My friend Carrie’s five-year-old daughter, Maija, has an interesting approach to playtime. She loves mixing together dolls from different playsets to come up with a new community. In the world of her imagination, everything belongs together. These are her people. She believes they are happiest when they’re together, despite being different sizes and shapes.
Her creativity reminds me of God’s purpose for the church. On the day of Pentecost, Luke tells us, “Now there were staying in Jerusalem God-fearing Jews from every nation under heaven” (Acts 2:5). Though these people were from different cultures and spoke different languages, the Holy Spirit’s arrival made them a new community: the church. From then on, they would be considered one body, unified by the death and resurrection of Jesus.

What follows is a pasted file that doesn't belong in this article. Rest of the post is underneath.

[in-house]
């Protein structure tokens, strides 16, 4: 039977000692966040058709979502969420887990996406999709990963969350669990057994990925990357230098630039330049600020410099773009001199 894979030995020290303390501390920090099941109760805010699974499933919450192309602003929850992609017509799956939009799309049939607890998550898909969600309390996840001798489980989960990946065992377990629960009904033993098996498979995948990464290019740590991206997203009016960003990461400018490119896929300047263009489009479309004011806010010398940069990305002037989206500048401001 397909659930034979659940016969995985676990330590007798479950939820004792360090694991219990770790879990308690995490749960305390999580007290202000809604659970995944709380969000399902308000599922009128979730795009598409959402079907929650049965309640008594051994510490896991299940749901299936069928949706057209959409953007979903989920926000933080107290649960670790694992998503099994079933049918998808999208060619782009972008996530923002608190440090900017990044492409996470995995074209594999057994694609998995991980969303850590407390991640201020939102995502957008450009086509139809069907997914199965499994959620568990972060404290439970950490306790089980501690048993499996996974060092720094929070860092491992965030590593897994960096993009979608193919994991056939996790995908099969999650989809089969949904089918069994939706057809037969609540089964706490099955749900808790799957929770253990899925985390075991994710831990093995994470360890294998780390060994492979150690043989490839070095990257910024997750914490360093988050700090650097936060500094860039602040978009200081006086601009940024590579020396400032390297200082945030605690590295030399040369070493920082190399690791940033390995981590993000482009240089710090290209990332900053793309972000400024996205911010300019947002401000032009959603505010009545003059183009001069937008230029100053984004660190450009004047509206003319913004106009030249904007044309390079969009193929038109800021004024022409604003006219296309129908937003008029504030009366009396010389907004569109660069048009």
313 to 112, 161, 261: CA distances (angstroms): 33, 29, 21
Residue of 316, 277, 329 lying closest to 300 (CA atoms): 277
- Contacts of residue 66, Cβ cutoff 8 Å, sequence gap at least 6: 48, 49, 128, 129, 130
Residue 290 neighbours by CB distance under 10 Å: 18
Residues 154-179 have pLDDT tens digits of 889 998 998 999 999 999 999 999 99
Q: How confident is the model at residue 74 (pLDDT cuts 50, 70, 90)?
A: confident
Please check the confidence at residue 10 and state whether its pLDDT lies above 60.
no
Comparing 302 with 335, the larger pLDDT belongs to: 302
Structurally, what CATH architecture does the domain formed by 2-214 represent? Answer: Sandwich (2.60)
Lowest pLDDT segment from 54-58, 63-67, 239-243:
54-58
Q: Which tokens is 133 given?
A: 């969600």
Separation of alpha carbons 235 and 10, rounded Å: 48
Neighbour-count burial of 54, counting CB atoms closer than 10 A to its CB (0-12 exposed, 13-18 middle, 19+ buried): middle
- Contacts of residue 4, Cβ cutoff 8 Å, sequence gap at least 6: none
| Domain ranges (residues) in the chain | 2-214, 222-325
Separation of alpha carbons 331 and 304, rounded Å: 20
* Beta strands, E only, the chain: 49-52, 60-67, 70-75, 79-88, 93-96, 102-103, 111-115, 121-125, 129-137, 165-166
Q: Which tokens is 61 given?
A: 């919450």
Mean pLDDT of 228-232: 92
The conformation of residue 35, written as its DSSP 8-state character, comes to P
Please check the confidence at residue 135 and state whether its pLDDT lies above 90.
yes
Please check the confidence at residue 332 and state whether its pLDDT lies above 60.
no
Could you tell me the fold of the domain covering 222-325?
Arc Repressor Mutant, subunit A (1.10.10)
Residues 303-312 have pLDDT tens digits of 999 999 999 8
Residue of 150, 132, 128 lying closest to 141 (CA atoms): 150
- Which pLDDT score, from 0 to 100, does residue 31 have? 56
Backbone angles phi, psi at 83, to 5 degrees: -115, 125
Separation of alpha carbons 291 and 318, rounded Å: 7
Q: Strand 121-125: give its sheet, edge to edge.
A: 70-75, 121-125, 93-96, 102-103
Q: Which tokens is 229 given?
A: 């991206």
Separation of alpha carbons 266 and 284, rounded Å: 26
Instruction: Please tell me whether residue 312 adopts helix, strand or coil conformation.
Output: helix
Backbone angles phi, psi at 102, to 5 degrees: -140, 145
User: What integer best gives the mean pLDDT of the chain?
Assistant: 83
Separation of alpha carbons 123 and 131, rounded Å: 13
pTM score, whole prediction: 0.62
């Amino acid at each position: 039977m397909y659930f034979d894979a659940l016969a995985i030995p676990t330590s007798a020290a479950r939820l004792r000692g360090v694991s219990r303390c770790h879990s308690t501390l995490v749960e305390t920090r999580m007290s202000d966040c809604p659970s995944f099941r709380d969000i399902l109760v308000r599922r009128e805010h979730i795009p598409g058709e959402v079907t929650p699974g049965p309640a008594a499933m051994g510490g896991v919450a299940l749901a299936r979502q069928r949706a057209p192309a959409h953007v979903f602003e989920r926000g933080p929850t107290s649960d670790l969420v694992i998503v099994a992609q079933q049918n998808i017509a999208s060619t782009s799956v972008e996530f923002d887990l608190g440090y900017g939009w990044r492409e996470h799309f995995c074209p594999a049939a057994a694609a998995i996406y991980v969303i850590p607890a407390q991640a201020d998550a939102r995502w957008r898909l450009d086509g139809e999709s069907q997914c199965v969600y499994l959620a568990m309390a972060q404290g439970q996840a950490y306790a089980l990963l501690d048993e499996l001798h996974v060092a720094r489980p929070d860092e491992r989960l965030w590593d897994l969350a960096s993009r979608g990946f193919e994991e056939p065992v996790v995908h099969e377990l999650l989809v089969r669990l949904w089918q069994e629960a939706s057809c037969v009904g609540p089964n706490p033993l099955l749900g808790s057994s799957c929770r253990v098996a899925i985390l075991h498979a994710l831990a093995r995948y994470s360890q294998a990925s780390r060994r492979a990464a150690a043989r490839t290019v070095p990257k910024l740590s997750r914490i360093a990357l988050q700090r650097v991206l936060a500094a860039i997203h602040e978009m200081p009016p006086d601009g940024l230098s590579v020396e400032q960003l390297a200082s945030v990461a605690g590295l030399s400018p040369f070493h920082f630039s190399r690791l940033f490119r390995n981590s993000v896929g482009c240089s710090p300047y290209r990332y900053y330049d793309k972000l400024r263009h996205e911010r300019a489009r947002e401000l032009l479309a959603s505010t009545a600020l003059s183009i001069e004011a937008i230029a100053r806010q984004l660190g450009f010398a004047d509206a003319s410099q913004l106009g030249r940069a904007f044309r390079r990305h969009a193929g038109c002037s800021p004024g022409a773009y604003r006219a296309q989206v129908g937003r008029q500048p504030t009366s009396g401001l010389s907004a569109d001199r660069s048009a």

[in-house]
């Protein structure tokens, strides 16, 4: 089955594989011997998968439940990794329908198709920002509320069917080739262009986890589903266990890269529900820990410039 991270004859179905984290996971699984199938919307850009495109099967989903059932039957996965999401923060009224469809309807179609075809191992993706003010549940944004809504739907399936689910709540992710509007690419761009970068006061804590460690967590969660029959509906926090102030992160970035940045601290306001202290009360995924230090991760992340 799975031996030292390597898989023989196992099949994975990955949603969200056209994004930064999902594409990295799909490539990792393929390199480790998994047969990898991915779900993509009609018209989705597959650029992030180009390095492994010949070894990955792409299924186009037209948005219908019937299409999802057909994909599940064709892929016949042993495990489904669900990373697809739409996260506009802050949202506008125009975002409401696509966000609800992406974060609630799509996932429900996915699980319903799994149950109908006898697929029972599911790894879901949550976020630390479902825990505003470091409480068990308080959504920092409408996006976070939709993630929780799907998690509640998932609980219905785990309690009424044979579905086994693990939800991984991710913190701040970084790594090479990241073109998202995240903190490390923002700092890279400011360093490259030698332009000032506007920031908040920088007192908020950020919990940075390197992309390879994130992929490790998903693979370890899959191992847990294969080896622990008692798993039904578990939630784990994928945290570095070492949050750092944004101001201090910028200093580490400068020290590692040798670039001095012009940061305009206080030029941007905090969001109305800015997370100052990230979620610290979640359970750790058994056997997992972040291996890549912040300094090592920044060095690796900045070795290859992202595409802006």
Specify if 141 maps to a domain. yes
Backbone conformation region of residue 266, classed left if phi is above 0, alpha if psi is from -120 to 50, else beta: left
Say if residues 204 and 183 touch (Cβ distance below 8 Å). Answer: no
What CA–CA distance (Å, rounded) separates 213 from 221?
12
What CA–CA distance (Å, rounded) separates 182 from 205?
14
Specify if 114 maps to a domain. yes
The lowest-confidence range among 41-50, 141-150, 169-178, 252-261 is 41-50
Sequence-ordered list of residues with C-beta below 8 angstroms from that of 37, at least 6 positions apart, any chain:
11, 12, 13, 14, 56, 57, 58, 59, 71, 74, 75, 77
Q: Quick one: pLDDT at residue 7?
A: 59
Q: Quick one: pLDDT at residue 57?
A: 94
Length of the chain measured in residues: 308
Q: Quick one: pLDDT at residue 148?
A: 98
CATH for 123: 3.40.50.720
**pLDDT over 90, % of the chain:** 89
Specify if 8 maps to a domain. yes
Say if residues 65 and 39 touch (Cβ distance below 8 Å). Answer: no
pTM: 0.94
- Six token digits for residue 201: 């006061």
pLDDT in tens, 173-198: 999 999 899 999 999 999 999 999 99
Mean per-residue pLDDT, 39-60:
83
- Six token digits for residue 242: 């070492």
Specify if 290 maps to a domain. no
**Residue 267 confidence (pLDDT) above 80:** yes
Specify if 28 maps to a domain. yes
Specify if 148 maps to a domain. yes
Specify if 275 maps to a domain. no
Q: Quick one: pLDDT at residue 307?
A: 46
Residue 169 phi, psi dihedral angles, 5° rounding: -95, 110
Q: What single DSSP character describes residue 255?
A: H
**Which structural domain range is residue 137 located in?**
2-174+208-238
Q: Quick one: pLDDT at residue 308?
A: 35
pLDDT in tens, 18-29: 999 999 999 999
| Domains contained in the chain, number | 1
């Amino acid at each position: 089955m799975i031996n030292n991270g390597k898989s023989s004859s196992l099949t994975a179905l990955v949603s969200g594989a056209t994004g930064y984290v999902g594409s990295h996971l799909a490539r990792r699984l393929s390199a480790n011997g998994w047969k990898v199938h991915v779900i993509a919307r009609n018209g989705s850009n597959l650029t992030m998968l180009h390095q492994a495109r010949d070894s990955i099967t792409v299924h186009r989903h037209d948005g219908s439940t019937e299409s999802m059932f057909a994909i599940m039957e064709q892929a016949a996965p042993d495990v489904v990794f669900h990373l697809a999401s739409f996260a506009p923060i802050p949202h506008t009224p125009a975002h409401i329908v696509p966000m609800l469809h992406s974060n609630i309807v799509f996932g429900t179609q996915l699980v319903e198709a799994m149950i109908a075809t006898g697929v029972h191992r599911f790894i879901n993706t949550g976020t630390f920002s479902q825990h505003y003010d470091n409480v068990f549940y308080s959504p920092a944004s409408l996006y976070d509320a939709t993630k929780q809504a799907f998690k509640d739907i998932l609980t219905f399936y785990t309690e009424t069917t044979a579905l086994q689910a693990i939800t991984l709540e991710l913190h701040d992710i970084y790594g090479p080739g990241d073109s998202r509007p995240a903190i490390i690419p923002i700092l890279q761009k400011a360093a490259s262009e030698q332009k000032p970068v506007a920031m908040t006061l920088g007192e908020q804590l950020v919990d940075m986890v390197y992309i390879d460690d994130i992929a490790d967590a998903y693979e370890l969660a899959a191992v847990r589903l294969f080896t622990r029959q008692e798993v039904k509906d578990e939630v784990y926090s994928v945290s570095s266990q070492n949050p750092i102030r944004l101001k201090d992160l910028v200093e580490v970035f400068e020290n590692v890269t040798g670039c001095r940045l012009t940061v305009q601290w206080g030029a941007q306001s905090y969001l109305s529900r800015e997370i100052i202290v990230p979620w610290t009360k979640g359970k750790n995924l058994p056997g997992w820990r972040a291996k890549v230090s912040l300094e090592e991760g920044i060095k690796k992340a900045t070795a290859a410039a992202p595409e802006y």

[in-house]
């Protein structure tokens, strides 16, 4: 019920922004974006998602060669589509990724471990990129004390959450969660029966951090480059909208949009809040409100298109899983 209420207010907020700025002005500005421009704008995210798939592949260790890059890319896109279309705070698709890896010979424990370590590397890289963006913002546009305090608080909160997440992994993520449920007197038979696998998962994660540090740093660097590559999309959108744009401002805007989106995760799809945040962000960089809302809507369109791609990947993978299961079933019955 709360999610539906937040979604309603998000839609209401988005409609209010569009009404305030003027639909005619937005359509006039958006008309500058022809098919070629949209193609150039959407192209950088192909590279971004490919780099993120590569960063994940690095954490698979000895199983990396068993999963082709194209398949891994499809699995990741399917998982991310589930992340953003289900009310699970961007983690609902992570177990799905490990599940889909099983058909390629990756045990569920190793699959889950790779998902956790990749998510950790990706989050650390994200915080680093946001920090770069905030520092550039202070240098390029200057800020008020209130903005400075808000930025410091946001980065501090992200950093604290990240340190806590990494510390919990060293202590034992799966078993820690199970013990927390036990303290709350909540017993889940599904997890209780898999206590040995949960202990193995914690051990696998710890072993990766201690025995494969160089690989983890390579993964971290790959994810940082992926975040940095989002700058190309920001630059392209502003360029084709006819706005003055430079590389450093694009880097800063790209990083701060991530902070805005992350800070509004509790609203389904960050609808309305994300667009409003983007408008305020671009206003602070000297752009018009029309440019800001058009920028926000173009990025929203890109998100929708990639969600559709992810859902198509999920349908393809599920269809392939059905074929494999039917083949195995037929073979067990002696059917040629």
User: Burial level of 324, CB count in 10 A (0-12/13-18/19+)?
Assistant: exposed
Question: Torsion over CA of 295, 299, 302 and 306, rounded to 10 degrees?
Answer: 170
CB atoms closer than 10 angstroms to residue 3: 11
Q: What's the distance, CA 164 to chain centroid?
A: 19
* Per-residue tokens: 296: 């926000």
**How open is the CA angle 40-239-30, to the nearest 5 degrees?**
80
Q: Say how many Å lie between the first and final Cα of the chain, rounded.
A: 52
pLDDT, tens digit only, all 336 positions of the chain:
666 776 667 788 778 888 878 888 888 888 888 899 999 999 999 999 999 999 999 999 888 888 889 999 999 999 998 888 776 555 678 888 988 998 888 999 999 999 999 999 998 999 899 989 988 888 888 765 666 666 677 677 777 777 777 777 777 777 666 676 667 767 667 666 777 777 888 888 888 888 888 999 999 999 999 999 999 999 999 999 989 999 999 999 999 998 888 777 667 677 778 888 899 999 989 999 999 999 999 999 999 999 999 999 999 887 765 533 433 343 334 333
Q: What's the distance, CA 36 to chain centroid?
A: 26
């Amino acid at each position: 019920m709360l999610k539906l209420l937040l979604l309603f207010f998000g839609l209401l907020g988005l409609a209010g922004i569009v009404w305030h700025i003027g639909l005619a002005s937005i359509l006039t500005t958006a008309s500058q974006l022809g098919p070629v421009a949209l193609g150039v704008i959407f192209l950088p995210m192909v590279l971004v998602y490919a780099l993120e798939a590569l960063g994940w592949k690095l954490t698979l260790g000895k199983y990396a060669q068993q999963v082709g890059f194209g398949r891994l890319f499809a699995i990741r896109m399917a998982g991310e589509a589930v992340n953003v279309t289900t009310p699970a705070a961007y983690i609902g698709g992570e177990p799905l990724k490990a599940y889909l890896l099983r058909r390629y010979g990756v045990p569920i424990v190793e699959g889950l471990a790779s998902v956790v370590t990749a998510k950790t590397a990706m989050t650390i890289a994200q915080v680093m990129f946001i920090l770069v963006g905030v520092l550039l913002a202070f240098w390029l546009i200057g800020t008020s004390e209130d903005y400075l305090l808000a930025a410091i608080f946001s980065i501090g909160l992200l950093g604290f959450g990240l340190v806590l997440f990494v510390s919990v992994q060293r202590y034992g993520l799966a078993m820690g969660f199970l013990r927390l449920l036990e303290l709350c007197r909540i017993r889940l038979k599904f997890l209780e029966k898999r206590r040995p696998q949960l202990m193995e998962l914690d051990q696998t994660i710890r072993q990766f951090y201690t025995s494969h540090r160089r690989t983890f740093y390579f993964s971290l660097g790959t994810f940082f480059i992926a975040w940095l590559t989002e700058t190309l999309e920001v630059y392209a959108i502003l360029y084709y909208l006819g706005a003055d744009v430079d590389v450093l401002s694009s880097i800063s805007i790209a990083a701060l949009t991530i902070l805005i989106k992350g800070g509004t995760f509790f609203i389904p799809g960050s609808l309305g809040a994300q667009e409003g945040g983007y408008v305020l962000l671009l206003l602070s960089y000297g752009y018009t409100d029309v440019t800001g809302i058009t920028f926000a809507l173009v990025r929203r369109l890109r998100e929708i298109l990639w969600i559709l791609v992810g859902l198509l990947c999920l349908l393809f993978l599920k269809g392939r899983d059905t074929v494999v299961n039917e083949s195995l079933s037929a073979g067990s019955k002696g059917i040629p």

The leaders of this new body were a group of men Jesus brought together during His time on earth—His disciples. If Jesus hadn’t united them, more than likely they would never have come together. And now more people—“about three thousand” (2:41)—had become Christ-followers. Thanks to the Holy Spirit, this once divided group “had everything in common” (v. 44). They were willing to share what they had with each other.
The Holy Spirit continues to bridge the gaps between people groups. We might not always get along, nor readily understand one another. But as believers in Christ, we belong together.
Jesus, thank You for dying for us and uniting us as one people in the church.
The Holy Spirit turns “us” and “them” into “we.”
The brand-new church God established in Acts 2 demonstrated a sense of unprecedented community across ethnic and national lines (vv. 5–11). This life included teaching by the apostles, fellowship with each other, sharing meals, and praying together (v. 42).
How do we live out the community life God calls us to?